The utility loop of the present invention has an added advantage when the utility loop is passed over a small diameter pin or corner, for example. In such a case, the braided outer loop cover is free to increase in diameter at the corner to permit the loop core threads to spread out, which is their natural tendency. A tightly-fitted woven outer loop cover of the prior art would not allow the inner loop core threads to spread out around a corner, for example. In fact, such a woven outer loop cover would likely burst under the high loads applied by the strands of the inner loop core.

When the strands of the inner loop core are loaded in the present invention, each thread of the inner loop core is maintained at nearly the same length, since the threads are allowed to spread out. A tightly-fitted woven outer loop cover would not allow the threads to spread out, and some threads would be stretched more than others due to the high elastic modulus. Because of the absence of yielding, these stretched threads would break before other threads in the prior art loop core would be fully utilized. The effective strength of the prior art utility loop is thus considerably compromised.

The utility loop of the present invention includes a loop of fiber which forms the loop core. The loop of fiber is made from a thread wrapped into a plurality of loops. The two loose ends of the thread can then optionally be tied together to form the loop of fiber. The outer loop cover of the present invention is a tube of braided material, which surrounds the loop of fiber. The tube of braided material has a tube axis running along a length of the tube of braided material. The tube of braided material includes a relatively small number of relatively large-diameter mono-filament fibers, which are braided together in a tubular form. All of the relatively large-diameter mono-filament fibers are oriented to form acute angles with the tube axis. The two loose ends of the tube of braided material are connected together to form the utility loop. Specifically, a first opposing end of the tube of braided material is slipped over a second opposing end of the tube of braided material to thereby form an overlap. These two opposing ends are then secured together at the overlap.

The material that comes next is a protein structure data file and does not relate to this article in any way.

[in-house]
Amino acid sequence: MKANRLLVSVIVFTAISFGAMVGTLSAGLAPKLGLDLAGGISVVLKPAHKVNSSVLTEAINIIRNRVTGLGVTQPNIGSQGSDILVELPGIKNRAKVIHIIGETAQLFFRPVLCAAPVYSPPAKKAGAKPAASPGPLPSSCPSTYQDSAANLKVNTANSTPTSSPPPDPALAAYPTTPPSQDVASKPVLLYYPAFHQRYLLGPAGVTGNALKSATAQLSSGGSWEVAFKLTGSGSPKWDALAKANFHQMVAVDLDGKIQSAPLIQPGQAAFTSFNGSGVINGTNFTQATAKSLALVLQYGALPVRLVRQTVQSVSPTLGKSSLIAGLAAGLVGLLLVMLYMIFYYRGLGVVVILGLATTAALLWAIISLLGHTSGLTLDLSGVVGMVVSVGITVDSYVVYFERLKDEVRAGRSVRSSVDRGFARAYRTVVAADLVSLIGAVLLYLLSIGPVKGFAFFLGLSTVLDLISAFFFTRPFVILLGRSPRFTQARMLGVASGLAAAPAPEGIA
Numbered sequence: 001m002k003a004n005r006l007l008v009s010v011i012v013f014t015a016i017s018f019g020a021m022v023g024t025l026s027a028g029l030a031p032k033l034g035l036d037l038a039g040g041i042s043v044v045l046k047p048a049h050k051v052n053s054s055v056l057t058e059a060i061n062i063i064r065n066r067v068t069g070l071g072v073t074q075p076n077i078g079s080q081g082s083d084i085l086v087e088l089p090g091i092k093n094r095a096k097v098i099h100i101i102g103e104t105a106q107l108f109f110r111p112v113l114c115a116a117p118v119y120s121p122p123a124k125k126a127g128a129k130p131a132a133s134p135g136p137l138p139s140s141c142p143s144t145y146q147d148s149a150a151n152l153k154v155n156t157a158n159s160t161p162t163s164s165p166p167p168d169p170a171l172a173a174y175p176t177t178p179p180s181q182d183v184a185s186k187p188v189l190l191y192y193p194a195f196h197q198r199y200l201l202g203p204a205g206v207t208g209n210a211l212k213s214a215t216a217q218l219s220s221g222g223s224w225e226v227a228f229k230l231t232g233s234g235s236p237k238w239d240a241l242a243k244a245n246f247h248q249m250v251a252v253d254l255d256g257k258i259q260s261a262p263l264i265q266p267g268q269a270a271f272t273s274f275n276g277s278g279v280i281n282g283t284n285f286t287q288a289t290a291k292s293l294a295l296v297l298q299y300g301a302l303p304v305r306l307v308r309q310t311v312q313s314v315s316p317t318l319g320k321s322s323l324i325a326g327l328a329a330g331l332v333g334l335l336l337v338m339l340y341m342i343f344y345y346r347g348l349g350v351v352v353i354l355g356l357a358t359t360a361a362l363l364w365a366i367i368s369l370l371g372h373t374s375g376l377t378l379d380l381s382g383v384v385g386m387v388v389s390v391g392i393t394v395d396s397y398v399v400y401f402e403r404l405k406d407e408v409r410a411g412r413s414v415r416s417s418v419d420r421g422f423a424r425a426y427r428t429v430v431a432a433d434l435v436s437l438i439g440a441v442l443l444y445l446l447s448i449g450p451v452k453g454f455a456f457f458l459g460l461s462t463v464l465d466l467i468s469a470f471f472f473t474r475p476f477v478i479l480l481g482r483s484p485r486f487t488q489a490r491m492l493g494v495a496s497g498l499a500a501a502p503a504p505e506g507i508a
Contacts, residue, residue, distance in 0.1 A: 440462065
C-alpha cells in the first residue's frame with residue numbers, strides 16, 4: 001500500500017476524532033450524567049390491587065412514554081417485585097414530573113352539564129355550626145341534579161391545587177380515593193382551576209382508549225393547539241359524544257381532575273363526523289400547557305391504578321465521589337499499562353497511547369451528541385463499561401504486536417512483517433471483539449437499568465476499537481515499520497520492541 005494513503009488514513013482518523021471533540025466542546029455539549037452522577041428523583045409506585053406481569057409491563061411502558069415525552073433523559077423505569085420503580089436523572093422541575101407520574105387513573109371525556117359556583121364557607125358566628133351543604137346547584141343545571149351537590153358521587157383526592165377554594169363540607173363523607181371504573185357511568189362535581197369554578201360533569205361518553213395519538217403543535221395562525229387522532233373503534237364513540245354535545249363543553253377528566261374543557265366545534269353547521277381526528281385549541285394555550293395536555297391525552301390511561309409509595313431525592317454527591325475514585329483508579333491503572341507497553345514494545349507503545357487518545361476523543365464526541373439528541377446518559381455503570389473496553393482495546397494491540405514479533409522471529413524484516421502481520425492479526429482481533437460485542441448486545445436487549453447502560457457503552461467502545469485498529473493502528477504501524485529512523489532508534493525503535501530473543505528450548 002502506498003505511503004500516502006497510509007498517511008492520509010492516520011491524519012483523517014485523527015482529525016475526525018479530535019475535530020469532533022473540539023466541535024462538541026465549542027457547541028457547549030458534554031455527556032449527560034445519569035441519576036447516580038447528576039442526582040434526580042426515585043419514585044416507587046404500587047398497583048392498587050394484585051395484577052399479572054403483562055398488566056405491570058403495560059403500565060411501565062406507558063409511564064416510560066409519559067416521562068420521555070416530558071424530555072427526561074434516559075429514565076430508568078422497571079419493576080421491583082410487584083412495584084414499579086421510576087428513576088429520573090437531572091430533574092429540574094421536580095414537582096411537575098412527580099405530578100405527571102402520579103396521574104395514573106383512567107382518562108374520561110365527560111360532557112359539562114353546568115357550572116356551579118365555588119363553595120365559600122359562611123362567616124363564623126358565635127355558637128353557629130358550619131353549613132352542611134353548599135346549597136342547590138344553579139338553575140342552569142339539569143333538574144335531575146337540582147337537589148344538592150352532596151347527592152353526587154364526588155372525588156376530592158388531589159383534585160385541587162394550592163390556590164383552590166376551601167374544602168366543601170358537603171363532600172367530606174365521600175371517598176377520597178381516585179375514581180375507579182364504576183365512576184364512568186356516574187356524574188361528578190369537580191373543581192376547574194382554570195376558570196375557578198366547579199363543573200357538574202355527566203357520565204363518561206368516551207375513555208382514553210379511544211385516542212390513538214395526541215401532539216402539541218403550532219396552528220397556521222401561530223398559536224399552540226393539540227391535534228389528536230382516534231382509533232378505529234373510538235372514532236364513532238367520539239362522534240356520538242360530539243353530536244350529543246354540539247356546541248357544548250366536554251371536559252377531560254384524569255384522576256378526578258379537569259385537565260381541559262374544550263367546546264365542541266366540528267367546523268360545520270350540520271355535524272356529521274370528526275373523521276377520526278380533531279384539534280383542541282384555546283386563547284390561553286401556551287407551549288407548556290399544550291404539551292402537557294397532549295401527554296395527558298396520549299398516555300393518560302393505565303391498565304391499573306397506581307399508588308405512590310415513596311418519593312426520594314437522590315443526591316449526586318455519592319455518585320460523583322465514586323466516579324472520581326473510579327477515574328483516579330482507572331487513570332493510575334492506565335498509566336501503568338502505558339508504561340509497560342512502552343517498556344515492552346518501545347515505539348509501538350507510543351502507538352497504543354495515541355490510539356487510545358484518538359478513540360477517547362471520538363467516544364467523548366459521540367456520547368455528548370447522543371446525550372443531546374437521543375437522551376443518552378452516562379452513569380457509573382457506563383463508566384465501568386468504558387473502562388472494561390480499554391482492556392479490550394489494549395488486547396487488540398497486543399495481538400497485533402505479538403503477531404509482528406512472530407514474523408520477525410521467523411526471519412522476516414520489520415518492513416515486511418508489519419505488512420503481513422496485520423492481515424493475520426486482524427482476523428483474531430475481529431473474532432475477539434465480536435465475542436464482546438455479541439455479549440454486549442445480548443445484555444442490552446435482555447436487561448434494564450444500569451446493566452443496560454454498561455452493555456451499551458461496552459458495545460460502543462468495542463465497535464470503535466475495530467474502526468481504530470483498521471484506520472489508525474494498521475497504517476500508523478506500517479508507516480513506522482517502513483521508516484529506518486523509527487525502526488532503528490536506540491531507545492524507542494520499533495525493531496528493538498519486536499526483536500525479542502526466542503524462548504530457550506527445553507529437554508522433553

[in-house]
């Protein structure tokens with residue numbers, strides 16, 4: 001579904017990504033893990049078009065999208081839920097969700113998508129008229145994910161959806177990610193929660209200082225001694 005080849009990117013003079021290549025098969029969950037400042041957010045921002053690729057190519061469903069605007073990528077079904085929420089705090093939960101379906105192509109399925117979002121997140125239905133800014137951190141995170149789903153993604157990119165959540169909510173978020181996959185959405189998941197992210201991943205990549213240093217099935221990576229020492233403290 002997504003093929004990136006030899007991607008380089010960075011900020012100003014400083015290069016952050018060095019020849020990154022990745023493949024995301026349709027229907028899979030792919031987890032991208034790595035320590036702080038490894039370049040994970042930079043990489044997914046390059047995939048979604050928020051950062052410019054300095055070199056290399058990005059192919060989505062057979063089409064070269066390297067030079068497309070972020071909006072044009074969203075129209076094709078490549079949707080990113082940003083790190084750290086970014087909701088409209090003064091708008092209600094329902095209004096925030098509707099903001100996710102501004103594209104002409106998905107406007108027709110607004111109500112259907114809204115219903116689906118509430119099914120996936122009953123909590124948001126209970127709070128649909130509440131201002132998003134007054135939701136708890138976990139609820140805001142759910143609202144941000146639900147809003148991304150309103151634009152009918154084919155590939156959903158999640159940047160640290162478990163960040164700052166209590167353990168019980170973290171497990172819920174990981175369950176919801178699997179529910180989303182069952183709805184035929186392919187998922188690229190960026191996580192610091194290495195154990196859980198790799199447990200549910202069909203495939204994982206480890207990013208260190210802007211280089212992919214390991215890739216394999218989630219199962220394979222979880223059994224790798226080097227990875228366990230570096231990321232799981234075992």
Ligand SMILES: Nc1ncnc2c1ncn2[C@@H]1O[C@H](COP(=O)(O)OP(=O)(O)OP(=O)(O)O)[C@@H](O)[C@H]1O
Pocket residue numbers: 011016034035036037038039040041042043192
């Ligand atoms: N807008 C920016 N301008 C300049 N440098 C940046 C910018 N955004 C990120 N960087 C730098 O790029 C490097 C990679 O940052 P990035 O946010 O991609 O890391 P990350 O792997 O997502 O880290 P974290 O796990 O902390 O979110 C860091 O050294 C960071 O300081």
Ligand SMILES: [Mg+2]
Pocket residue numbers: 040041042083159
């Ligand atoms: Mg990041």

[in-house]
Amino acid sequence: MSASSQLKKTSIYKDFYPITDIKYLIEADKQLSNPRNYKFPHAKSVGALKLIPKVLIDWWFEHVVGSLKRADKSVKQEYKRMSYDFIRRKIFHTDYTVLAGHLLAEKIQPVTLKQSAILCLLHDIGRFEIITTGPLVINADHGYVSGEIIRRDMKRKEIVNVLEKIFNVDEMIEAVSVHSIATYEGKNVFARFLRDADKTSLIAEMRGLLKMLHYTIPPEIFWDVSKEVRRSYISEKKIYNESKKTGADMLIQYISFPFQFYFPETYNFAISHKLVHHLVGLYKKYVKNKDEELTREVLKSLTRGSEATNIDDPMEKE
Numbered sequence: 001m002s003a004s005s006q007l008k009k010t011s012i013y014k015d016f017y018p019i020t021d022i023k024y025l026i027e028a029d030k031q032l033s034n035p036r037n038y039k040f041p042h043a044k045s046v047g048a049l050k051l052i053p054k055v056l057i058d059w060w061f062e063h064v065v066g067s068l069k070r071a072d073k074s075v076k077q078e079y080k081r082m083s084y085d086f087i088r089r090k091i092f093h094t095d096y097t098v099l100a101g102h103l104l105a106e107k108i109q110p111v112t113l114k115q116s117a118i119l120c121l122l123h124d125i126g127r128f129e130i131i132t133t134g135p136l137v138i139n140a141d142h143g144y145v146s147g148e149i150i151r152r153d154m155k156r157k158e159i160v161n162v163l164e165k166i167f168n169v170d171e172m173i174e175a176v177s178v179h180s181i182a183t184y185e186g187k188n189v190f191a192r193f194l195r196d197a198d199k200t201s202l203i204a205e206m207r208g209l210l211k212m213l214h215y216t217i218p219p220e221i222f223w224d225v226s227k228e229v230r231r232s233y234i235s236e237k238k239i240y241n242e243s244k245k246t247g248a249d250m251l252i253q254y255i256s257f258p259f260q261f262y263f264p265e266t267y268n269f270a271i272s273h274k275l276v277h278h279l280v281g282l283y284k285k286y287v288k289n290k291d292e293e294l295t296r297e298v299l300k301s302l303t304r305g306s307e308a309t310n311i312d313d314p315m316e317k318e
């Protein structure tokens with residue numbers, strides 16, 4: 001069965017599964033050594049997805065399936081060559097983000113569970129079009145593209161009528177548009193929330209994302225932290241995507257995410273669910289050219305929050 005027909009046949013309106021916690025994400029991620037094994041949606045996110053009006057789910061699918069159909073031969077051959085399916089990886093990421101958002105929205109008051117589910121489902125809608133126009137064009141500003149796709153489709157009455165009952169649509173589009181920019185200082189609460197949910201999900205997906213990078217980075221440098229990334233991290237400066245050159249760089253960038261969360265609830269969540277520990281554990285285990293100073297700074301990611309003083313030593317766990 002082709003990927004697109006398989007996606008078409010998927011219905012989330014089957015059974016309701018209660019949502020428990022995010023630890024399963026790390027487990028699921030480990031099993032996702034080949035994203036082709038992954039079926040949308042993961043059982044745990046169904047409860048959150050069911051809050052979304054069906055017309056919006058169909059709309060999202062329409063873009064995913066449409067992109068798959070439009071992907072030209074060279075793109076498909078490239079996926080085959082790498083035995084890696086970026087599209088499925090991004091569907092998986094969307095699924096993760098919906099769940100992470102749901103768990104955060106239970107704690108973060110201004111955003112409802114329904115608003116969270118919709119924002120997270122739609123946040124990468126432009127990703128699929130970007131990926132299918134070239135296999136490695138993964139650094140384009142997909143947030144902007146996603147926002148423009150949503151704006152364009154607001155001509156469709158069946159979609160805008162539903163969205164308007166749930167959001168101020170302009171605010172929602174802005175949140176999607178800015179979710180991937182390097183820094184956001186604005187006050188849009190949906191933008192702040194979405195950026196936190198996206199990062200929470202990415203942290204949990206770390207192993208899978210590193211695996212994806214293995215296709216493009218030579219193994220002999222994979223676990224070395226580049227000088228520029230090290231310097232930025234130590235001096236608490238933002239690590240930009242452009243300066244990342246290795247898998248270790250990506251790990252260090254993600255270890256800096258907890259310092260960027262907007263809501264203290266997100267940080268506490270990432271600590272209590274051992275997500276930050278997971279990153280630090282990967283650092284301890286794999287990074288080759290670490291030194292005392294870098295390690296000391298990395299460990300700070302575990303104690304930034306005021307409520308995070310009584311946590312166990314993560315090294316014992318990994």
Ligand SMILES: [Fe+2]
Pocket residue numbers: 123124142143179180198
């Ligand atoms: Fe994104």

The orientations of the relatively large-diameter mono-filament fibers with the tube axis form acute angles of approximately plus or minus 25 degrees with a line parallel to the tube axis. The tube of braided material is formed to have a relatively high strength and a relatively high modulus. The orientation of the relatively large-diameter mono-filament fibers facilitates an expansion and contraction feature. None of the relatively large-diameter mono-filament fibers are oriented perpendicularly to a line parallel to the tube axis. The actual orientation of these relatively large-diameter mono-filament fibers, relative to a line parallel to the tube axis, changes from an angle of approximately plus or minus 25 degrees to an angle of approximately plus or minus 65 degrees when the tube of braided material is compressed to approximately one-third of its original length. This compression also results in the diameter of the tube of braided material increasing by at least twofold.

The method of making the utility loop includes a step of compressing the tube of braided material to approximately one-third of an original uncompressed length and approximately twice the original uncompressed diameter. A first end of a thread is pulled through one end of the tube of material and out of the other end of the tube of material. Portions of the thread located near opposite ends of the compressed tube are placed onto respective wheel disks, and the free end of the thread is attached to a region of the thread that has not yet been pulled through the compressed tube. This forms a loop of the thread. The wheel disks are then rotated to cause the loop of thread to rotate so that regions of the thread not yet pulled through the tube are continuously pulled therethrough. This allows a plurality of the individual threads to pass through the tube, thus forming a plurality of loops around the tube.

After a desired number of loops is formed, the two loose ends of the thread can optionally be tied together, and the tube and loops of thread are removed. The tube is then decompressed, causing the length of the tube to increase by approximately threefold to completely cover the loop of fiber. Opposite ends of the decompressed tube are then connected together by inserting one end of the tube into the other end of the tube and securing the two tube ends at the overlap.